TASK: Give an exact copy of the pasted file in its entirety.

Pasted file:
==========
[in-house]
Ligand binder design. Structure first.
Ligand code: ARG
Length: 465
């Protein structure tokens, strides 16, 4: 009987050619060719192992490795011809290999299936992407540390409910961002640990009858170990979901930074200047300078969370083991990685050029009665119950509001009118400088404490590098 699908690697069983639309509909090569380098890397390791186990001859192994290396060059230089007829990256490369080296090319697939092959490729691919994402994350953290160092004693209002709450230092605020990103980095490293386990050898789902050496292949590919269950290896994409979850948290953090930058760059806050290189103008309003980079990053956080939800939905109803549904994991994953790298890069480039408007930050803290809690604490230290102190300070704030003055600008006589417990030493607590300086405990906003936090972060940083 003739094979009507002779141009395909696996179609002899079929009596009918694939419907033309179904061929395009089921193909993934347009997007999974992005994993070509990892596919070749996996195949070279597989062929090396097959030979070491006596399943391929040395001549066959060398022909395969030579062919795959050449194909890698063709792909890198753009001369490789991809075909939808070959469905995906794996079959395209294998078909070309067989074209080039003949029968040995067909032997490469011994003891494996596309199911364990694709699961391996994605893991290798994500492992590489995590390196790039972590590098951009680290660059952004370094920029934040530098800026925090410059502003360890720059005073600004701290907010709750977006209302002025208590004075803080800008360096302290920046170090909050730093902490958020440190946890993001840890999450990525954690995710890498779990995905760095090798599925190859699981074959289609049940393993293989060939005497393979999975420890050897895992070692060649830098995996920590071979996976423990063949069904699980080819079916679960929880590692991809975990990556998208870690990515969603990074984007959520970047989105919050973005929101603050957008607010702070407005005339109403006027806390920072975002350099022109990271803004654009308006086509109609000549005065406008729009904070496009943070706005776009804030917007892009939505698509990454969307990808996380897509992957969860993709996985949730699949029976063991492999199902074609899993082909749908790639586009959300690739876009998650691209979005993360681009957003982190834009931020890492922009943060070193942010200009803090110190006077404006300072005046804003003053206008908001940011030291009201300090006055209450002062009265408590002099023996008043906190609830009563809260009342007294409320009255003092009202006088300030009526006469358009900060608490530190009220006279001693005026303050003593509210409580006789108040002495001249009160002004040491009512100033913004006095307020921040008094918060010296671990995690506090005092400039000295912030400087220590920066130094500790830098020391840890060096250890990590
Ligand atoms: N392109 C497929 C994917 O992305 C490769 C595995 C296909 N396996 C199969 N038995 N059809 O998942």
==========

[in-house]
Ligand binder design. Structure first.
Ligand code: ARG
Length: 465
């Protein structure tokens, strides 16, 4: 009987050619060719192992490795011809290999299936992407540390409910961002640990009858170990979901930074200047300078969370083991990685050029009665119950509001009118400088404490590098 699908690697069983639309509909090569380098890397390791186990001859192994290396060059230089007829990256490369080296090319697939092959490729691919994402994350953290160092004693209002709450230092605020990103980095490293386990050898789902050496292949590919269950290896994409979850948290953090930058760059806050290189103008309003980079990053956080939800939905109803549904994991994953790298890069480039408007930050803290809690604490230290102190300070704030003055600008006589417990030493607590300086405990906003936090972060940083 003739094979009507002779141009395909696996179609002899079929009596009918694939419907033309179904061929395009089921193909993934347009997007999974992005994993070509990892596919070749996996195949070279597989062929090396097959030979070491006596399943391929040395001549066959060398022909395969030579062919795959050449194909890698063709792909890198753009001369490789991809075909939808070959469905995906794996079959395209294998078909070309067989074209080039003949029968040995067909032997490469011994003891494996596309199911364990694709699961391996994605893991290798994500492992590489995590390196790039972590590098951009680290660059952004370094920029934040530098800026925090410059502003360890720059005073600004701290907010709750977006209302002025208590004075803080800008360096302290920046170090909050730093902490958020440190946890993001840890999450990525954690995710890498779990995905760095090798599925190859699981074959289609049940393993293989060939005497393979999975420890050897895992070692060649830098995996920590071979996976423990063949069904699980080819079916679960929880590692991809975990990556998208870690990515969603990074984007959520970047989105919050973005929101603050957008607010702070407005005339109403006027806390920072975002350099022109990271803004654009308006086509109609000549005065406008729009904070496009943070706005776009804030917007892009939505698509990454969307990808996380897509992957969860993709996985949730699949029976063991492999199902074609899993082909749908790639586009959300690739876009998650691209979005993360681009957003982190834009931020890492922009943060070193942010200009803090110190006077404006300072005046804003003053206008908001940011030291009201300090006055209450002062009265408590002099023996008043906190609830009563809260009342007294409320009255003092009202006088300030009526006469358009900060608490530190009220006279001693005026303050003593509210409580006789108040002495001249009160002004040491009512100033913004006095307020921040008094918060010296671990995690506090005092400039000295912030400087220590920066130094500790830098020391840890060096250890990590
Ligand atoms: N392109 C497929 C994917 O992305 C490769 C595995 C296909 N396996 C199969 N038995 N059809 O998942």